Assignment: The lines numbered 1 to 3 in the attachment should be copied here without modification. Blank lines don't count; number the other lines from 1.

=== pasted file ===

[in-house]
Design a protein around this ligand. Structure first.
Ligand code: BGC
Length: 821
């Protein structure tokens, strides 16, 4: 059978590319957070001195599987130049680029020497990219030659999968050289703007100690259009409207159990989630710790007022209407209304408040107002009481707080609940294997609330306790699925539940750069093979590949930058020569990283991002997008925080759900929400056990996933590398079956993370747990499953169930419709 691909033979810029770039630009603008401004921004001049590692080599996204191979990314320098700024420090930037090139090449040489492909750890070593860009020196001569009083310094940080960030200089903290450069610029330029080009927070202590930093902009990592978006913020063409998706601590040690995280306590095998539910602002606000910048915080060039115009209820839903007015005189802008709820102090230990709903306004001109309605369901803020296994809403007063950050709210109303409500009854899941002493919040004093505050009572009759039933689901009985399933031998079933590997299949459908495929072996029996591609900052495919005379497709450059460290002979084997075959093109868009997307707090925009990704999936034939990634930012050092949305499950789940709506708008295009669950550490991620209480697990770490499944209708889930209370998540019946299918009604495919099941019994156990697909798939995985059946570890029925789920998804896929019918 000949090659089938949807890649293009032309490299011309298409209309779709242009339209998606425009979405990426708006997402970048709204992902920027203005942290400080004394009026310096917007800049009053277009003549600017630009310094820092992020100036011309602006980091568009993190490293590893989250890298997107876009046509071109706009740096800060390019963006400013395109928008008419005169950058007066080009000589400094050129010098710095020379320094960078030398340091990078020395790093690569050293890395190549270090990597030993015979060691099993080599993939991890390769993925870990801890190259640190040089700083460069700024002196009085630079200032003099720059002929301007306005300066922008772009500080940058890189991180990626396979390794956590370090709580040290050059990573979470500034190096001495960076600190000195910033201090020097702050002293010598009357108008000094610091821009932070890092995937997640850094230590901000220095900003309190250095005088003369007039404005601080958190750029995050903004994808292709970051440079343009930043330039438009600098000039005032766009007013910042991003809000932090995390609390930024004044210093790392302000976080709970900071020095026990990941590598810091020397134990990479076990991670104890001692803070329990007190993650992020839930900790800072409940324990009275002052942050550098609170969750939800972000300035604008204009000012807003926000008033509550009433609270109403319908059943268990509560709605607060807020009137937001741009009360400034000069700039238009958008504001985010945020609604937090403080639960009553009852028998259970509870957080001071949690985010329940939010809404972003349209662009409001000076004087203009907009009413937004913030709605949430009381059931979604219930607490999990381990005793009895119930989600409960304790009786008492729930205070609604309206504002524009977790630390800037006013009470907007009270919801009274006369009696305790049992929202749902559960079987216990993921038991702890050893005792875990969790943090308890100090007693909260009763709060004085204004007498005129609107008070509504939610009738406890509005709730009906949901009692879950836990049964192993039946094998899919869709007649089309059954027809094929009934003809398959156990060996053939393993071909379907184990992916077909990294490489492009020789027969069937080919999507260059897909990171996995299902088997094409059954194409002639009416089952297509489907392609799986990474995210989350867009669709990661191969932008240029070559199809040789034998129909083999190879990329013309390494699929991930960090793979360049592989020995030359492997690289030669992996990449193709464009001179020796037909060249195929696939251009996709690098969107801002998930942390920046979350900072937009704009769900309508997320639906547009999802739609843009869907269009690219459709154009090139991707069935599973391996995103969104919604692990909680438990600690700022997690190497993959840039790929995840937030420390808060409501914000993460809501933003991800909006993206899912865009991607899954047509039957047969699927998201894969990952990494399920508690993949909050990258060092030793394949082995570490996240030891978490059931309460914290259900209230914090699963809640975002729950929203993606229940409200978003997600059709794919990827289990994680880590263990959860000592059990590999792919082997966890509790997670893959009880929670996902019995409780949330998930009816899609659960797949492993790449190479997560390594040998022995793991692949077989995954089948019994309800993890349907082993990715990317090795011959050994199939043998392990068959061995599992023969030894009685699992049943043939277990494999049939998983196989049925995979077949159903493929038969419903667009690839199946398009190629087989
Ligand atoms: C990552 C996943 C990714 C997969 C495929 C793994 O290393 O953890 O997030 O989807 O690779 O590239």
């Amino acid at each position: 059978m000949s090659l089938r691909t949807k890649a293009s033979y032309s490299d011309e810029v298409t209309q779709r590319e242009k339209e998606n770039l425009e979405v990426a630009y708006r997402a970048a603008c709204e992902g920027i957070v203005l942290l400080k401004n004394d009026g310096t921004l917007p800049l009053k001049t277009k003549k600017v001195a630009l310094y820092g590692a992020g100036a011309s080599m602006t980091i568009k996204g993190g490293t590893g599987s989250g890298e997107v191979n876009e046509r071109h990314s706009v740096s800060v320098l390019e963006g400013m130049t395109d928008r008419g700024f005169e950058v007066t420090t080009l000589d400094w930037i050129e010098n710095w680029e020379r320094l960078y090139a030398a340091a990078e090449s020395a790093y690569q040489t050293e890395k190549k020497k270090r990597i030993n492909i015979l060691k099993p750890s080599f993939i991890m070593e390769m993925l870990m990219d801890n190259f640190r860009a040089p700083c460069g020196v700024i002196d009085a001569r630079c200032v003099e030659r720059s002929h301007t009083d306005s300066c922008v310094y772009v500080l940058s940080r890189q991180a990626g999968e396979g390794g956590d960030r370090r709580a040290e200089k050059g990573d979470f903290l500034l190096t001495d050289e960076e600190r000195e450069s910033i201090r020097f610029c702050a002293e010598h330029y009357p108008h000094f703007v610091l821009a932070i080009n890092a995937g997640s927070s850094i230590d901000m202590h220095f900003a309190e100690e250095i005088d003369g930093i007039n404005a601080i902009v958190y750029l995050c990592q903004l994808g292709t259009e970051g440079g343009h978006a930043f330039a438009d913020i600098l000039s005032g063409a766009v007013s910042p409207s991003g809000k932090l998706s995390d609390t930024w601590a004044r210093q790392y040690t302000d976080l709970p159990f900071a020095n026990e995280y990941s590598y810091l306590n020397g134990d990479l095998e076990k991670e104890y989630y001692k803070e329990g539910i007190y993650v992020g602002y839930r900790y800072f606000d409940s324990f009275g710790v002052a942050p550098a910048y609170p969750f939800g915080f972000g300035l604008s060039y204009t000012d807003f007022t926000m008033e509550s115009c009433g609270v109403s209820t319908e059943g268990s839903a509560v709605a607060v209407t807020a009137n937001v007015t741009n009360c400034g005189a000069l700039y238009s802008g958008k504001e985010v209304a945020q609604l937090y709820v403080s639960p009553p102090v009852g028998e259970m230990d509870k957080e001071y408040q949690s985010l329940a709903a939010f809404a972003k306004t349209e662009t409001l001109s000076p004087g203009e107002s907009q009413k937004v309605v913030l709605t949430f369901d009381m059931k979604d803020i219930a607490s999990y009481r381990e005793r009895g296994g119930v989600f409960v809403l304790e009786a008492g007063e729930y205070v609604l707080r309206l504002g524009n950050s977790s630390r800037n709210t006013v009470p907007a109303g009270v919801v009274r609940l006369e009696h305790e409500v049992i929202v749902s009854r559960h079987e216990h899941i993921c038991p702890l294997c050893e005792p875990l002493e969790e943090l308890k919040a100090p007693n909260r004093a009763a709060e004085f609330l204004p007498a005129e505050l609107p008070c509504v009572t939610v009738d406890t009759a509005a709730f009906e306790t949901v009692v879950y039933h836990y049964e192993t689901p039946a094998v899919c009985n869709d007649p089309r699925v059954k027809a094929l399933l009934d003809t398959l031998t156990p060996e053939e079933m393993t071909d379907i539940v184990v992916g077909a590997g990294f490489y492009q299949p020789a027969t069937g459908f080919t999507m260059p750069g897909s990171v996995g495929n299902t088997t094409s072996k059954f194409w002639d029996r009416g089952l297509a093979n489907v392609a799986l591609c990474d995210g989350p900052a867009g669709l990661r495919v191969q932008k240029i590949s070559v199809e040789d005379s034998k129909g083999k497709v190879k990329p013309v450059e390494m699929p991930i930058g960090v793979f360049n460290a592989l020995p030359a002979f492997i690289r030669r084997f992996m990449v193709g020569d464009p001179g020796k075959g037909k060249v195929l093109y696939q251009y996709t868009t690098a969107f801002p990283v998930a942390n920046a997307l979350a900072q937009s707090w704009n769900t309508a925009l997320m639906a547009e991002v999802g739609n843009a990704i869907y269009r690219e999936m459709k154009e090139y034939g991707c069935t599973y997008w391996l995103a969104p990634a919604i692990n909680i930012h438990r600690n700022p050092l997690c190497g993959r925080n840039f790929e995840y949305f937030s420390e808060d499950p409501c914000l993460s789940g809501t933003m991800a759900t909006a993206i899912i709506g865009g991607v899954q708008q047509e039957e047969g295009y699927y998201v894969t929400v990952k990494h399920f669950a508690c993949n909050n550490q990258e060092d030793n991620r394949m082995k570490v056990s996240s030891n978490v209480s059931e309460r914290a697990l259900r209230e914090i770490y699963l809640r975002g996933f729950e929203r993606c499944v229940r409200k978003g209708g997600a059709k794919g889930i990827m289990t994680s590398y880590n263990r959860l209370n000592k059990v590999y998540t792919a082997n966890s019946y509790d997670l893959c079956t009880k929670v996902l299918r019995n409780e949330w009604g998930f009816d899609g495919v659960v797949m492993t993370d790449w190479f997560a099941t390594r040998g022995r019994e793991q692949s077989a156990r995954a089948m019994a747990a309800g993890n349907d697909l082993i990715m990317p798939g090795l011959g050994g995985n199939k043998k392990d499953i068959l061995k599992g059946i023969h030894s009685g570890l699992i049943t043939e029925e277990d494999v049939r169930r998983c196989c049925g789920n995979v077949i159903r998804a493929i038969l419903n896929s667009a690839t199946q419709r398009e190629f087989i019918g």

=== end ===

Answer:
[in-house]
Design a protein around this ligand. Structure first.
Ligand code: BGC